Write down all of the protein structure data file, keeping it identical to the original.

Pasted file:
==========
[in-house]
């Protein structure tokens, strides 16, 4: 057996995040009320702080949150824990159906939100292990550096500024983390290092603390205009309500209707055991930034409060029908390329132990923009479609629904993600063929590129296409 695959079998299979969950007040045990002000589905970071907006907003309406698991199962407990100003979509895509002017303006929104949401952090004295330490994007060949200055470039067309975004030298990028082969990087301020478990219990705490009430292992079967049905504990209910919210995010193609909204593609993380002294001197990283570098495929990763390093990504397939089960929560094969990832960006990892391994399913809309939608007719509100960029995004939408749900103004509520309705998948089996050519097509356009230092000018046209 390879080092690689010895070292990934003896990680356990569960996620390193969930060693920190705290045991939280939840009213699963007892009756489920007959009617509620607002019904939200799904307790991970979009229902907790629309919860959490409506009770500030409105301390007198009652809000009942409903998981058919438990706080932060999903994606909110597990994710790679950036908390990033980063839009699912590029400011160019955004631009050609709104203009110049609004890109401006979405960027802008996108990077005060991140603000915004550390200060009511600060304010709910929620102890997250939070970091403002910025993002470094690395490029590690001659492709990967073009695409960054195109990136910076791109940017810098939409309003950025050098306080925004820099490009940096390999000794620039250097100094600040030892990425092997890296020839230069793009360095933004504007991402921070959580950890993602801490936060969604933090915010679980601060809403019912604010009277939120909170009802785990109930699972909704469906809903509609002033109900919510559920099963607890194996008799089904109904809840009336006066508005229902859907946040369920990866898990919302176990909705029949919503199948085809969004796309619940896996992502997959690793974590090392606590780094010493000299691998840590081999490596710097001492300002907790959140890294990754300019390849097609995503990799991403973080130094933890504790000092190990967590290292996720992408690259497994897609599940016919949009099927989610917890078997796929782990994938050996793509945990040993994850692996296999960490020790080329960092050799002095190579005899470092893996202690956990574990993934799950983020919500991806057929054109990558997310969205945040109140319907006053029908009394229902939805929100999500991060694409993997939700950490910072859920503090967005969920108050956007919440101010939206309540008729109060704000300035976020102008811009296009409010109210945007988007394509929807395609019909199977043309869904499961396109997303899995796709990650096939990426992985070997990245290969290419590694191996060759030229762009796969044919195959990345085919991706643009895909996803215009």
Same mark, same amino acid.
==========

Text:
[in-house]
């Protein structure tokens, strides 16, 4: 057996995040009320702080949150824990159906939100292990550096500024983390290092603390205009309500209707055991930034409060029908390329132990923009479609629904993600063929590129296409 695959079998299979969950007040045990002000589905970071907006907003309406698991199962407990100003979509895509002017303006929104949401952090004295330490994007060949200055470039067309975004030298990028082969990087301020478990219990705490009430292992079967049905504990209910919210995010193609909204593609993380002294001197990283570098495929990763390093990504397939089960929560094969990832960006990892391994399913809309939608007719509100960029995004939408749900103004509520309705998948089996050519097509356009230092000018046209 390879080092690689010895070292990934003896990680356990569960996620390193969930060693920190705290045991939280939840009213699963007892009756489920007959009617509620607002019904939200799904307790991970979009229902907790629309919860959490409506009770500030409105301390007198009652809000009942409903998981058919438990706080932060999903994606909110597990994710790679950036908390990033980063839009699912590029400011160019955004631009050609709104203009110049609004890109401006979405960027802008996108990077005060991140603000915004550390200060009511600060304010709910929620102890997250939070970091403002910025993002470094690395490029590690001659492709990967073009695409960054195109990136910076791109940017810098939409309003950025050098306080925004820099490009940096390999000794620039250097100094600040030892990425092997890296020839230069793009360095933004504007991402921070959580950890993602801490936060969604933090915010679980601060809403019912604010009277939120909170009802785990109930699972909704469906809903509609002033109900919510559920099963607890194996008799089904109904809840009336006066508005229902859907946040369920990866898990919302176990909705029949919503199948085809969004796309619940896996992502997959690793974590090392606590780094010493000299691998840590081999490596710097001492300002907790959140890294990754300019390849097609995503990799991403973080130094933890504790000092190990967590290292996720992408690259497994897609599940016919949009099927989610917890078997796929782990994938050996793509945990040993994850692996296999960490020790080329960092050799002095190579005899470092893996202690956990574990993934799950983020919500991806057929054109990558997310969205945040109140319907006053029908009394229902939805929100999500991060694409993997939700950490910072859920503090967005969920108050956007919440101010939206309540008729109060704000300035976020102008811009296009409010109210945007988007394509929807395609019909199977043309869904499961396109997303899995796709990650096939990426992985070997990245290969290419590694191996060759030229762009796969044919195959990345085919991706643009895909996803215009």
Same mark, same amino acid.